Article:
The dull glow of the incandescent light bulb dimly illuminated the dragon’s lair. It was barely better than a torch, Countess Victoria von Baden thought as she paced the stone floor, impatiently waiting for her mentor. Hands clenching and unclenching, she wanted to hurt someone, to see blood. She let out a loud, guttural roar of frustration and threw her black, hooded cape onto the crushed red velvet sofa. Raka slipped in through his private entrance to find his protégé enraged. They had enlisted Werner von Wiesel to steal the compass and kill Einstein, but the boy had failed, despite the Countess’s implied rewards.
Raka’s presence did nothing to calm the woman. She glared at him.
“Don’t be angry at me, Victoria. It was not I who failed to get the compass.”
The Countess threw herself onto the plush sofa with a sigh. “I know. It’s just that...”
Raka raised his hands in a placating manner. “Oh, please, my pet, patience. I share your frustration. Let’s consider what happened.”
Though remaining petulant, the Countess nodded.
“So, do you think Werner was ready for the task?” asked Raka.
“I thought he was. Apparently, I was mistaken.” She rubbed her forehead, trying to massage away the tension. “We went over about the pistol and the need to kill Albert. He knew what to do and seemed... eager... to do it.” She paused and shook her head. “I was watching him from across the street with my long-lens telescope.” Her eyes narrowed. “Something... strange happened.”
That caught Raka’s attention. “Strange?” he said suspiciously.
“Yes. When Albert rode up, a... a bright cloud appeared. I have no other words to describe it. Werner seemed... I don’t know... freaked-out.”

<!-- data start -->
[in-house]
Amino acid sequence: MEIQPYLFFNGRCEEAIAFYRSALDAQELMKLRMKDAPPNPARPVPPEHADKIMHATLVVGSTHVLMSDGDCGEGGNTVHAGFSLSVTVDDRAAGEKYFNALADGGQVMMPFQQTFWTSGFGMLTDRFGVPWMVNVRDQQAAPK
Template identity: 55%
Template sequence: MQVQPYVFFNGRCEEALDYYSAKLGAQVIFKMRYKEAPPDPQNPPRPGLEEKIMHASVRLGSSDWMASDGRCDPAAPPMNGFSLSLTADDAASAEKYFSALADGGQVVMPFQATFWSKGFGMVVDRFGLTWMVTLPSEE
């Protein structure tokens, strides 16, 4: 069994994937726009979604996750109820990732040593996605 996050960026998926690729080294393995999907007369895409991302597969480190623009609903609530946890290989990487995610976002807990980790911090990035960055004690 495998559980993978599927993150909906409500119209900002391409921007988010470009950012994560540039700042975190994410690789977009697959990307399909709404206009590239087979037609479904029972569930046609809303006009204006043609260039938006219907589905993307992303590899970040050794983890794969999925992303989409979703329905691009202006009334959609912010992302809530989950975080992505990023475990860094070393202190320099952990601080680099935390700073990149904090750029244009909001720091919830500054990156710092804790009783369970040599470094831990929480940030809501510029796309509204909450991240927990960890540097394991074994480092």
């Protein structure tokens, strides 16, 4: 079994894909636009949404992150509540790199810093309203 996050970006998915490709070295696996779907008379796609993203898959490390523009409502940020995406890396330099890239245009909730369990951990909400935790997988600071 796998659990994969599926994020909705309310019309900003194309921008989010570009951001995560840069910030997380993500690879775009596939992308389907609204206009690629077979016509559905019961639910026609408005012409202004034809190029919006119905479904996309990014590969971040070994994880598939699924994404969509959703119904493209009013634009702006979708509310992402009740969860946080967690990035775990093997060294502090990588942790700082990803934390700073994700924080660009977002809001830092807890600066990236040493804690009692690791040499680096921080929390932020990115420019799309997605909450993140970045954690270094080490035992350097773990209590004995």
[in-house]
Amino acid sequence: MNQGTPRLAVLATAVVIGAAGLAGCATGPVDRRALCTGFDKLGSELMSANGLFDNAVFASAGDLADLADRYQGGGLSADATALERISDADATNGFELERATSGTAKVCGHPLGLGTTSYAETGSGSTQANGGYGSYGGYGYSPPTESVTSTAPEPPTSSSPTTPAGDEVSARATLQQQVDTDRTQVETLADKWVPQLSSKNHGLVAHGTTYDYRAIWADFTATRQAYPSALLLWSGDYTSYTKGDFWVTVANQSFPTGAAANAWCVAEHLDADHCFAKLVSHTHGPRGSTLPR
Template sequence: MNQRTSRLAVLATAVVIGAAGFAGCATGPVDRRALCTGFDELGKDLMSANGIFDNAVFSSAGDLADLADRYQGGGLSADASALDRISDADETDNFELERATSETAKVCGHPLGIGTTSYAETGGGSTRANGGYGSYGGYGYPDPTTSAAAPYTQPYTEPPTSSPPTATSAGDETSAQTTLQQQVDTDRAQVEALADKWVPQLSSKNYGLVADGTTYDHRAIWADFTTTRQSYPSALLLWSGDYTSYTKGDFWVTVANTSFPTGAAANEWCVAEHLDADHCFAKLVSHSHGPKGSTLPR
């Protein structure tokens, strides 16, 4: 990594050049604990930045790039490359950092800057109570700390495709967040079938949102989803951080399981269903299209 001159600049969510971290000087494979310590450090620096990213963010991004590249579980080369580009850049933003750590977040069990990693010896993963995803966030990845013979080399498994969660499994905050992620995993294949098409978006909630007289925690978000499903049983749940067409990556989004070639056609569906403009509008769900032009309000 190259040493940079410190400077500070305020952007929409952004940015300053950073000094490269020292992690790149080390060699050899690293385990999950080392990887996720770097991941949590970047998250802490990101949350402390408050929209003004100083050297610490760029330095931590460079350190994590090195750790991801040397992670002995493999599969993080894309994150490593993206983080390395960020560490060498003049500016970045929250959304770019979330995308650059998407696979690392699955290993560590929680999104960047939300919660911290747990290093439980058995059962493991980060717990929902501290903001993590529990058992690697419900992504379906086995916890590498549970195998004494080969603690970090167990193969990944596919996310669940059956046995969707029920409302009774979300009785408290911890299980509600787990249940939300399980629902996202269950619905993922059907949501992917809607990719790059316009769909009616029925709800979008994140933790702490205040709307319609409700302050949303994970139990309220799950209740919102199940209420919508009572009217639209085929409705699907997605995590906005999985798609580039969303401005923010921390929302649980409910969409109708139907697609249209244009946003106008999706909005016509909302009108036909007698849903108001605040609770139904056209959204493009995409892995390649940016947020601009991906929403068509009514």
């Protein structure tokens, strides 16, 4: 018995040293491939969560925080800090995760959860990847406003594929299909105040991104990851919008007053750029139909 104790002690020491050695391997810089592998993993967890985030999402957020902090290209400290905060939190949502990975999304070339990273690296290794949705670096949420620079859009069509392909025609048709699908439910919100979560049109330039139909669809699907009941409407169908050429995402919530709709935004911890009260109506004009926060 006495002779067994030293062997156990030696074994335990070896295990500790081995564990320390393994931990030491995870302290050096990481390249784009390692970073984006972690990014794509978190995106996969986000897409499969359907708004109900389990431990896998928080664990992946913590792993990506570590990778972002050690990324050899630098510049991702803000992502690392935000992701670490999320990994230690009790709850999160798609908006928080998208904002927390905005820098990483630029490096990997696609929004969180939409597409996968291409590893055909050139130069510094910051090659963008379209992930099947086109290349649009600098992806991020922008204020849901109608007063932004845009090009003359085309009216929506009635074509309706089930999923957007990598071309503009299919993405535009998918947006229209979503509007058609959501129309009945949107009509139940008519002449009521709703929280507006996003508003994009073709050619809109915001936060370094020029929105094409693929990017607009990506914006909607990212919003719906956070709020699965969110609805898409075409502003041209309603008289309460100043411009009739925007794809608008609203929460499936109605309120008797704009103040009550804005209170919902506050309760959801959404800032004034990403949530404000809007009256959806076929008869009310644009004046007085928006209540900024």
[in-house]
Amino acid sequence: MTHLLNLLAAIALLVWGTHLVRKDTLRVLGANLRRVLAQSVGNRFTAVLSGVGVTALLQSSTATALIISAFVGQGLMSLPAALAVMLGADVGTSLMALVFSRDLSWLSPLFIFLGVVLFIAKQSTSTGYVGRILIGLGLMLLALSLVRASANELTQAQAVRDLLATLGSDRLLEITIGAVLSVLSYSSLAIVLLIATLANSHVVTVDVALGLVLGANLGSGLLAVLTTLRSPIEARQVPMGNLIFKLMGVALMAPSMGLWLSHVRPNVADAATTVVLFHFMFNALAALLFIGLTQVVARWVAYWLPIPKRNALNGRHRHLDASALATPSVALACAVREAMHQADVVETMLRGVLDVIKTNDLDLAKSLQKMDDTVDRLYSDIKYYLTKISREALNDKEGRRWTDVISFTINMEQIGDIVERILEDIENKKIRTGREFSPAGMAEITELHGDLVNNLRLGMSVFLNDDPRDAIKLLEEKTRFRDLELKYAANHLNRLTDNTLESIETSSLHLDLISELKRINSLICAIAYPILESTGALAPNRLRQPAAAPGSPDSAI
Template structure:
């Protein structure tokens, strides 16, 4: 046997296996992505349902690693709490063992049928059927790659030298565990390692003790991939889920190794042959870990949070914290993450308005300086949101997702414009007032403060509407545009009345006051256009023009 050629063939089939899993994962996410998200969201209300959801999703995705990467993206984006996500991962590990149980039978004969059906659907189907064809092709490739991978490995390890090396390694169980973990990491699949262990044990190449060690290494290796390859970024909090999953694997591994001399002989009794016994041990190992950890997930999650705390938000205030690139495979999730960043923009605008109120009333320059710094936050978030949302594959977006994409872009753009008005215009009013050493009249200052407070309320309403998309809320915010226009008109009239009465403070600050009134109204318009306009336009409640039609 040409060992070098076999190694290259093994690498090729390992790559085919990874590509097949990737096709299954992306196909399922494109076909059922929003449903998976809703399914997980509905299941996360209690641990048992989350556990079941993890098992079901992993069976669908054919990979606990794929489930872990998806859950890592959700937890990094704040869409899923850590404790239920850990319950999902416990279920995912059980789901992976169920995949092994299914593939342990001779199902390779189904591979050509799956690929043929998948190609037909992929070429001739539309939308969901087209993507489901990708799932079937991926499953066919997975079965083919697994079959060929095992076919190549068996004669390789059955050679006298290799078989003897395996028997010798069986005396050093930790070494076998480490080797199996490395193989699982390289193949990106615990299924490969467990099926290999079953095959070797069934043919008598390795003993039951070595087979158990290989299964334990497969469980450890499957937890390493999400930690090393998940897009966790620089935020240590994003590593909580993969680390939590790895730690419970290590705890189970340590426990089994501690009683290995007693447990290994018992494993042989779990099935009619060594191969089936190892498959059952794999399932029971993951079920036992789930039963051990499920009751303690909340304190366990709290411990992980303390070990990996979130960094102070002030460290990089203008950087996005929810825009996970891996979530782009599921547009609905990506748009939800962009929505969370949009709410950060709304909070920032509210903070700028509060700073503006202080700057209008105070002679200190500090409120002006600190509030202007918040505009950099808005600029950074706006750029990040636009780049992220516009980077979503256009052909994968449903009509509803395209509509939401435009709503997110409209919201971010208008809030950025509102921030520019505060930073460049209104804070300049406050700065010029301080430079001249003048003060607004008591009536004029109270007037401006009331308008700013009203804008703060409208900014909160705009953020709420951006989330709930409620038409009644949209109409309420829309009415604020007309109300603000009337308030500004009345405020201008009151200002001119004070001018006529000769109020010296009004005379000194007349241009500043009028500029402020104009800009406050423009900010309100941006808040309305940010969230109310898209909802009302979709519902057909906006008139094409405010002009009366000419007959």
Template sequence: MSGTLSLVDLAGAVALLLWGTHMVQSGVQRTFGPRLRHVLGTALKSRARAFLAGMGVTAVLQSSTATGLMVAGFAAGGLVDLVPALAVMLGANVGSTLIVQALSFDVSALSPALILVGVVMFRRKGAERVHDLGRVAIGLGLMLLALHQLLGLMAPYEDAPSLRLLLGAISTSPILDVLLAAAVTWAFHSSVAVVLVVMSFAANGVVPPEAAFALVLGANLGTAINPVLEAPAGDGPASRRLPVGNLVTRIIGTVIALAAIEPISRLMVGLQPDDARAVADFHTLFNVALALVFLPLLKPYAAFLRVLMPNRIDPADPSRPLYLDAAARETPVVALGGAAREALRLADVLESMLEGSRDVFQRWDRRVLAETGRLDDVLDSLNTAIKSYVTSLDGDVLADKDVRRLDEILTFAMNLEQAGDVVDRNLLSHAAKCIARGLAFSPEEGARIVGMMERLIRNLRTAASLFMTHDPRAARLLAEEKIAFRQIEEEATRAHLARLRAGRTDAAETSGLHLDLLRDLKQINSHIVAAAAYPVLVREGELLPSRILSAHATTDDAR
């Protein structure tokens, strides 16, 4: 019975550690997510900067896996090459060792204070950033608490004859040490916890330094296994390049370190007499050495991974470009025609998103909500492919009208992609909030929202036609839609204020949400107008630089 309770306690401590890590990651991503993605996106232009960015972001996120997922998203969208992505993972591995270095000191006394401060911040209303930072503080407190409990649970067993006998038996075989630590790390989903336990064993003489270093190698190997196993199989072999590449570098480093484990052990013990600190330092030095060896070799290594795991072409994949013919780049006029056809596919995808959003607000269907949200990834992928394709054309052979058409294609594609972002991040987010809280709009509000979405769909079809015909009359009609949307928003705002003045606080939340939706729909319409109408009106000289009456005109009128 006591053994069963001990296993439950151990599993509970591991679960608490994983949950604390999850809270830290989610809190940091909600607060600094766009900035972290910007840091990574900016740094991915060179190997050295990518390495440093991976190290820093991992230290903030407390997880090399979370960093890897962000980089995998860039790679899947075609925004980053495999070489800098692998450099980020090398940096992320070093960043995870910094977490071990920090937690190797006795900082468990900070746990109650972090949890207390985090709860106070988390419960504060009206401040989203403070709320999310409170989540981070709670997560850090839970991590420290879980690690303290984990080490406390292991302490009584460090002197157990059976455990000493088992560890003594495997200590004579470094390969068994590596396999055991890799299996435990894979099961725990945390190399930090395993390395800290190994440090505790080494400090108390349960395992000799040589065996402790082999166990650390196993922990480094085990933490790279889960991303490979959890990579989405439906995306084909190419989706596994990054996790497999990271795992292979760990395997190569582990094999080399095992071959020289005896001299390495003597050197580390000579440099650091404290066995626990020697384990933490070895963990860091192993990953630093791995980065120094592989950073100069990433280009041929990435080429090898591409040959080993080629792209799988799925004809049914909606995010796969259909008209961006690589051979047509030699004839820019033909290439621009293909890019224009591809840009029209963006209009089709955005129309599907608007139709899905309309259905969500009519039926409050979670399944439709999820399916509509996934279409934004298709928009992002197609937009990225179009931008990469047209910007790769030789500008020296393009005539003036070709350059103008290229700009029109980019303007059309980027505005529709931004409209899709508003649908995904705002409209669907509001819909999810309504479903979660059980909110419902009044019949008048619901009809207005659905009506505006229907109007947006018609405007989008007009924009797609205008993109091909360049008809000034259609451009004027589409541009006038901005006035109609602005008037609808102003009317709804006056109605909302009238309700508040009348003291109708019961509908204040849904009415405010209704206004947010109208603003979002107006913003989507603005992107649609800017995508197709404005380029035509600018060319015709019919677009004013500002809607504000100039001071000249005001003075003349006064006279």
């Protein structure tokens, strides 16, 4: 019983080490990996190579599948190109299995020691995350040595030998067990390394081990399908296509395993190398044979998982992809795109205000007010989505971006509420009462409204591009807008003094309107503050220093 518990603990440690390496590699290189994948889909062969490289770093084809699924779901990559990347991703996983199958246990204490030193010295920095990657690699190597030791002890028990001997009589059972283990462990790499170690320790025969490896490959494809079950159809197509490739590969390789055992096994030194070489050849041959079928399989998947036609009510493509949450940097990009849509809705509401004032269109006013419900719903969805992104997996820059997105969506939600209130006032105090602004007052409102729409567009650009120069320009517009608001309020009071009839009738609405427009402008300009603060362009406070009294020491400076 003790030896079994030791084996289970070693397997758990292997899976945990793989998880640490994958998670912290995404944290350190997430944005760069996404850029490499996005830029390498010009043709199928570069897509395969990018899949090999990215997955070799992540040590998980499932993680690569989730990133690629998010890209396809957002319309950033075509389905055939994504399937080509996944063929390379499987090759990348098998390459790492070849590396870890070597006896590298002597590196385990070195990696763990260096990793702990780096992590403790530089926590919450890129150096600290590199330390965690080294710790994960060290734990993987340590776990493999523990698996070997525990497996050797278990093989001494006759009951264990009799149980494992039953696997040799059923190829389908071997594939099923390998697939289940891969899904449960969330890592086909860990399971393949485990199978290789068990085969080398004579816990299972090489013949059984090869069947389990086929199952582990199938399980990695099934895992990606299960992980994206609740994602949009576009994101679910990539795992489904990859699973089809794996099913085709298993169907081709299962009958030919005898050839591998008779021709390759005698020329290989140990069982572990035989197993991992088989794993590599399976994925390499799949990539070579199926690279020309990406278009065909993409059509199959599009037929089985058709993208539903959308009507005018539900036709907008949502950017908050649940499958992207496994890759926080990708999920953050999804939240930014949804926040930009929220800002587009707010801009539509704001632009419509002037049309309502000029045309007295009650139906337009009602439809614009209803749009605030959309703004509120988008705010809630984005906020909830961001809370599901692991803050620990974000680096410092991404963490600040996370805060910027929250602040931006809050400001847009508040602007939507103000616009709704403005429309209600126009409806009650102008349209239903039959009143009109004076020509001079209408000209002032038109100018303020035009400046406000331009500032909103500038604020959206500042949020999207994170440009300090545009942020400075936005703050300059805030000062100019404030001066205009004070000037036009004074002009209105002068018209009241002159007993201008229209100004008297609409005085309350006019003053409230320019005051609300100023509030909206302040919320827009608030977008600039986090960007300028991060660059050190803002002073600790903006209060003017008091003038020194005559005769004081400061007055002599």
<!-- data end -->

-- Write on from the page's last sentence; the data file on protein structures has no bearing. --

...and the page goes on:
Raka started pacing and became angrier with each step. “Then what happened?” he said through clenched teeth.
“Werner became very pale and distraught. He staggered, then threw up,” she said with a resigned sigh.
Raka shook his head. “You saw a bright cloud? What time did that happen?”
“Just before ten this morning. Why?” Victoria asked, looking up from the sofa.
“Because I felt the presence of the Light break the time continuum at that time,” he replied angrily.
“What do you mean ‘the Light’?” Victoria asked, surprised. Though she had been working with Raka for some time, he had not mentioned this Light before.
Raka clenched his jaw, then took a deep breath. He closed his eyes. “How do I explain a power that has vexed me for millennia?” Raka appeared to go deeply into his thoughts, then abruptly opened his eyes and pulled himself back to the present. “Never mind that for now,” he said, shaking his head as if to expel the troubling ideas. “Before I can even begin discussing the Light with you, we have more pressing work to do.”
The presence of the light of the Holy of Holies reminded the fallen dark angel of his twin brother Arka who had become a high priest in Atlantis. Instead of learning how to become responsible like his brother, Raka chose to rebel and turn from the light of the Holy of Holies and walk the path of darkness. He was on the warpath to show the world his power. Revenge filled his heart and mind, not just on his youthful nemesis Albert Einstein, but also on Arka, his brother.
Victoria began to protest, but at the sight of his narrowing eyes, she thought better of it. “You’re right. We need to focus on getting the compass—at any cost.”
Raka hissed his agreement and beckoned her closer to formulate a plan.
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